Back in February I told of a lady who had left her home in Empire due to Hurricane Katrina and wound up in a FEMA trailer in Plaquemine.

Among the donated clothing she received at that time was a heavy wool coat.

Last winter it finally got cold enough to wear it. When she put it on she discovered $112 in the pocket that the donor, from up north, had put in to help out whoever got the coat.

Writer Sam Irwin took that little story, added a lot of imagination and a touching ending, and came up with “Empire Satsumas,” one of four winners in Country Roads magazine’s 10th Annual Short Story Contest.

The story is in the June issue.

I’m delighted to have played a part in bringing this story to life.

It has always been my contention that everybody, and I mean everybody, has at least one story worth telling.

And in the hands of a talented writer, that story can become art. …

Quick results

Fiddling Doc Chaney says, “I opened my Thursday paper to see the headline ‘Major crime drops 9%.’

“I’d say our new police chief is doing a great job so far.”

Presidential pralines

Keith Horcasitas says his wife’s pralines are so good they like to share them.

A few years ago, when President George W. Bush came to town for a fundraiser at a plush Highland Road home, they couldn’t afford the $250 per person tab, but wanted him to have some pralines:

“So my wife and I drove to that beautiful venue and surprisingly were able to get in, as we said we just wanted to drop something off for the Pres.

“We were told to give the box of pralines, addressed to President Bush with our name and address on it, to someone. We did, and then drove off.”

A few hours later they got a call from the Sheriff’s Office telling them the Secret Service wanted to know what was in that box — the guy they gave it to had left it under a bush.

Says Keith, “About a month later we got a nice official letter from President Bush thanking us for the pralines.

“I wonder how many of those dozen the Pres actually got, as I’m sure the SS had to do some ‘taste testing!’ ”

OMG indeed!

Todd Bidwell of Uncle E’s Wings & Things made me an offer I can refuse.

He invited me to take part in Uncle E’s 1st Annual OMG Challenge on June 25 at the restaurant at Florida and Sharp.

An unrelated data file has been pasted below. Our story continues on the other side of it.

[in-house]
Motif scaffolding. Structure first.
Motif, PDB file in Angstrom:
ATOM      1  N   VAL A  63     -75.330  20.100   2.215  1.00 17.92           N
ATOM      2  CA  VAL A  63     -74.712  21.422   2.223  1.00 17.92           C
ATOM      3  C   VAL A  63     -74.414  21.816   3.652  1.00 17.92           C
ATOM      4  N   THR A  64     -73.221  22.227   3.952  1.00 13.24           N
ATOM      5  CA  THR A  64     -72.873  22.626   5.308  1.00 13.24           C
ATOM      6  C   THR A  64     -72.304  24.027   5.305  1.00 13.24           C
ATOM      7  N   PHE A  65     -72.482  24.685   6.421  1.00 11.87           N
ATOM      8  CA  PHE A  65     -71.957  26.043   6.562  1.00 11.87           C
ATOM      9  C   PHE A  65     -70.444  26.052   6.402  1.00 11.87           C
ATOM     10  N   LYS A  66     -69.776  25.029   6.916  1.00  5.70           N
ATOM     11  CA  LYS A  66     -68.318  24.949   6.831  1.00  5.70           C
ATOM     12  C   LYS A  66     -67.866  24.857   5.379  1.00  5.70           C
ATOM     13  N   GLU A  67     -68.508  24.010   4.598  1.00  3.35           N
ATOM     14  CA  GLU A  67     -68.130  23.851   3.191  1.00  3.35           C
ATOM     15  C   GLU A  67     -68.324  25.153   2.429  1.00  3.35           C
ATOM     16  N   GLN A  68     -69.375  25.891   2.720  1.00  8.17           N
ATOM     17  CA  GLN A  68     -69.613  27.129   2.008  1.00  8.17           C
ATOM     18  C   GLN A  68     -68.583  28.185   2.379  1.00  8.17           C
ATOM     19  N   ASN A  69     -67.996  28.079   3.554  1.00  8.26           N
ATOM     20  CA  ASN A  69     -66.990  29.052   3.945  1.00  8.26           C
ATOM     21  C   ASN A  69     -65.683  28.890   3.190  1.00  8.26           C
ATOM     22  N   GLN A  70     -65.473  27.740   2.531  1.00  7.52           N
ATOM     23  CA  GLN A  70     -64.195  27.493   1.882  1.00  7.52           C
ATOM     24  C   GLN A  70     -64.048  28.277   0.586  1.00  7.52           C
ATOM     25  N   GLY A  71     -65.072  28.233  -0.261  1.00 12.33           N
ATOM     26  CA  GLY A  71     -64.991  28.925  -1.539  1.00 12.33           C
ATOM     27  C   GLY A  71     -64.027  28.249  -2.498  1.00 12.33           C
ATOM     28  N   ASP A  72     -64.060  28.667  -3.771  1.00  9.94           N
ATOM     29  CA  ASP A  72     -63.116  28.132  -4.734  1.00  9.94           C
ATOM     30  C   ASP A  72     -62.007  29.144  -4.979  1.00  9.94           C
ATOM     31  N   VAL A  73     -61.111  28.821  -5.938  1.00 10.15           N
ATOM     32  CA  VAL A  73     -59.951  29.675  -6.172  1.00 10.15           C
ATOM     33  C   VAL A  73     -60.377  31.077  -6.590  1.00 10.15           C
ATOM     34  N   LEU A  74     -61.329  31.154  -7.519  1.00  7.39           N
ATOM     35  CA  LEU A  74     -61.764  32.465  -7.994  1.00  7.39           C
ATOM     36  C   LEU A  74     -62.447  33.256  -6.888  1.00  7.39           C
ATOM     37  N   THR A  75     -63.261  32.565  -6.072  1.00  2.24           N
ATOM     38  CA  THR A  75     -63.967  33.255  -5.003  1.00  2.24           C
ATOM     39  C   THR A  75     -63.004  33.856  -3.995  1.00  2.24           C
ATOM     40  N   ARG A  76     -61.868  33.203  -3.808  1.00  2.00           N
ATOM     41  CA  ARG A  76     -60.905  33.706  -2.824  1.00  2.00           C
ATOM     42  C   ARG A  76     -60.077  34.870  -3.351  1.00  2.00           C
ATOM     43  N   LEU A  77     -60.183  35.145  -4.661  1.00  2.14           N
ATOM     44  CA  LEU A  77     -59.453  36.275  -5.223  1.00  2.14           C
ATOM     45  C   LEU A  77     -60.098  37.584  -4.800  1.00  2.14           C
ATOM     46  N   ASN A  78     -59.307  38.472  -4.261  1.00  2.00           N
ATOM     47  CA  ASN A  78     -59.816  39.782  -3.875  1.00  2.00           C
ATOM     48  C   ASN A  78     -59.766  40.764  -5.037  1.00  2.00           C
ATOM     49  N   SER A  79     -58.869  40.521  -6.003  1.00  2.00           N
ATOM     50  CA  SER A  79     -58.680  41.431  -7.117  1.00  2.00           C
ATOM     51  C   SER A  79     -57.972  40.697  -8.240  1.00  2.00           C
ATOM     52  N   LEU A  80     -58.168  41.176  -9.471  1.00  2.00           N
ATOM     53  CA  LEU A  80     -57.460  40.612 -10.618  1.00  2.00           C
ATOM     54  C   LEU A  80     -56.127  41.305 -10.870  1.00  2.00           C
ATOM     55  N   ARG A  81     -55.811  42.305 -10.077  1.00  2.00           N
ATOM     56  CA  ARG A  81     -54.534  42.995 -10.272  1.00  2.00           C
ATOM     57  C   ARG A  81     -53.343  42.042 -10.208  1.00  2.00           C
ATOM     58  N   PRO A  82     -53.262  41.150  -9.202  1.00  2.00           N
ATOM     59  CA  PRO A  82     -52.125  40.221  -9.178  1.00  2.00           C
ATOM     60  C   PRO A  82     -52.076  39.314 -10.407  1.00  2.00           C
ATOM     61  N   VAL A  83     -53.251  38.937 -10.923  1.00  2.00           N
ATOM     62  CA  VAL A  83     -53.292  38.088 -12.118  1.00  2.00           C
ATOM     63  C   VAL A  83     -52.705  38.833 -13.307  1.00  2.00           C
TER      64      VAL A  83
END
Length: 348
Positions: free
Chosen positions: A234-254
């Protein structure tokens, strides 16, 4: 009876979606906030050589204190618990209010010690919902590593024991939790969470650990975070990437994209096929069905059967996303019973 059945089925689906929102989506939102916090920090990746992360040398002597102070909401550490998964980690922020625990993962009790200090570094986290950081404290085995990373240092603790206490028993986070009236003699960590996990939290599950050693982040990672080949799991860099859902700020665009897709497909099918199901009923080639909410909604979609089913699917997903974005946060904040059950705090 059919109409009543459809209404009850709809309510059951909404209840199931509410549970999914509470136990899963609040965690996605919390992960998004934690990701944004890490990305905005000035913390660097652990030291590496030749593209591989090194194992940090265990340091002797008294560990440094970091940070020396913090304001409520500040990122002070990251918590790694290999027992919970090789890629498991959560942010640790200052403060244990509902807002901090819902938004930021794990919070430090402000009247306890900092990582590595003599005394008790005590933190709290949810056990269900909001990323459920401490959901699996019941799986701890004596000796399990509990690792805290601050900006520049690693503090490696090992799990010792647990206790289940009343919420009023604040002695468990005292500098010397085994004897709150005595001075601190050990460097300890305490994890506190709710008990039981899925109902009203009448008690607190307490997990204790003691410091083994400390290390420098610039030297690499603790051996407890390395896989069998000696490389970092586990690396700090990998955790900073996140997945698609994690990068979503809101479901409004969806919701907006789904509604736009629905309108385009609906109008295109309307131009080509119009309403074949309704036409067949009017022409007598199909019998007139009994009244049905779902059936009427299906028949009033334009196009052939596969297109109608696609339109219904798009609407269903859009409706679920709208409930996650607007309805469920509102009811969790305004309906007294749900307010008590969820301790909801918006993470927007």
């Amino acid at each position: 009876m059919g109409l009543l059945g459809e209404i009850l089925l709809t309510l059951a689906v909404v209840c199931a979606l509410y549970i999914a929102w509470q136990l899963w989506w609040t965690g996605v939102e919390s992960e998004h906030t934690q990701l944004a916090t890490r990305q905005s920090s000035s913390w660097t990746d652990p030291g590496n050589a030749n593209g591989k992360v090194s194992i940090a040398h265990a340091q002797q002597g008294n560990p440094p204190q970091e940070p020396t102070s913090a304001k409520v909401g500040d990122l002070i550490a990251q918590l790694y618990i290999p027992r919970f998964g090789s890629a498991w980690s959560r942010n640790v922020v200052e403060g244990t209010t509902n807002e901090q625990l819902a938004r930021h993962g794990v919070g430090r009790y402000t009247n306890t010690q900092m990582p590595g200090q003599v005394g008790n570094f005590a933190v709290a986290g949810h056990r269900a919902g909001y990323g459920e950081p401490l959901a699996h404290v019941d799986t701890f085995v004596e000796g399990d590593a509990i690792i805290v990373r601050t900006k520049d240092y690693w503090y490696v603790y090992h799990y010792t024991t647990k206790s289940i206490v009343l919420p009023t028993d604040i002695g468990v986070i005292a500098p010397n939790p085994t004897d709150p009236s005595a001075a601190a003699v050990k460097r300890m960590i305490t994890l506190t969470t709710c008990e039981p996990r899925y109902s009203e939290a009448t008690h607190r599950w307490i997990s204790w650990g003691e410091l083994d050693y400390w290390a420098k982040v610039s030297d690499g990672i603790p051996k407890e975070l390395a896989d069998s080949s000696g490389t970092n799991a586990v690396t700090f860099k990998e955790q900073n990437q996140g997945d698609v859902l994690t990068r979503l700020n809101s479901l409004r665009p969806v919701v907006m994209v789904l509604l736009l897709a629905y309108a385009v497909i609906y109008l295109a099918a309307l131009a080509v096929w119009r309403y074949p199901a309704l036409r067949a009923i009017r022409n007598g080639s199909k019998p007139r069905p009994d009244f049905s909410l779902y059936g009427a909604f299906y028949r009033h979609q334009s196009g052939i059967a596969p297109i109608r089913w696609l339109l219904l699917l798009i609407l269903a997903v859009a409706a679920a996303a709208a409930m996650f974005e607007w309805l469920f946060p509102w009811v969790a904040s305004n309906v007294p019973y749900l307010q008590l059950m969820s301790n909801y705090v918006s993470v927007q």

The task is to be the first to down an OMG Burger, fries and a 32-ounce drink in an hour or less.

Here’s his description of the “beastly burger:”

“Three pounds of ground beef, 18 strips of bacon, eight slices of hot sausage, nine slices of cheese, fully dressed on a 10-inch muffuletta bun.”

The event is from 4 p.m. to 7 p.m., with eating starting at 5 p.m. There is a $100 prize, and pros from the International Federation of Eating (really!) are invited to compete along with local folks.

I gracefully declined, pleading sanity.

But if you want to take a crack at this snack, go to

Worthy causes

Sales of spaghetti dinners at Whealdon Estates from noon to 7 p.m. Saturday benefit Gabe Hilliard, who was treated for Hodgkin’s Lymphoma as a 10th-grader in 2009 and is now receiving treatment at M.D. Anderson Cancer Center in Houston.

Whealdon Estates, a retirement community at 8680 Jefferson Hwy., will sell dinners to eat in or take out for $5 a plate. Faye and Gerry de Gruiter, managers, will match the first $500 raised.

Call (225) 927-7557.

Not his type

Our recent mentions of typewriters reminds Sarah Stravinska, of Chestnut, of an exchange between a secretary and a student worker at Northwestern State University in Natchitoches:

“The student had been parked in front of a typewriter and told to copy something.

“Student: ‘I don’t know how to operate this thing!’

“Secretary: ‘Whaddaya mean? It’s a keyboard, just like your computer.’

“Student: ‘But there’s no screen!’

“Secretary: ‘The paper comes up and you read it, just like a screen. Look, there is even a white half of the ribbon so you can correct any mistakes.’

“Student: ‘But there’s no SPELL CHECK!’ ”

Write Smiley at He can also be reached by fax at (225) 388-0351 or mail at P.O. Box 588, Baton Rouge, LA 70821.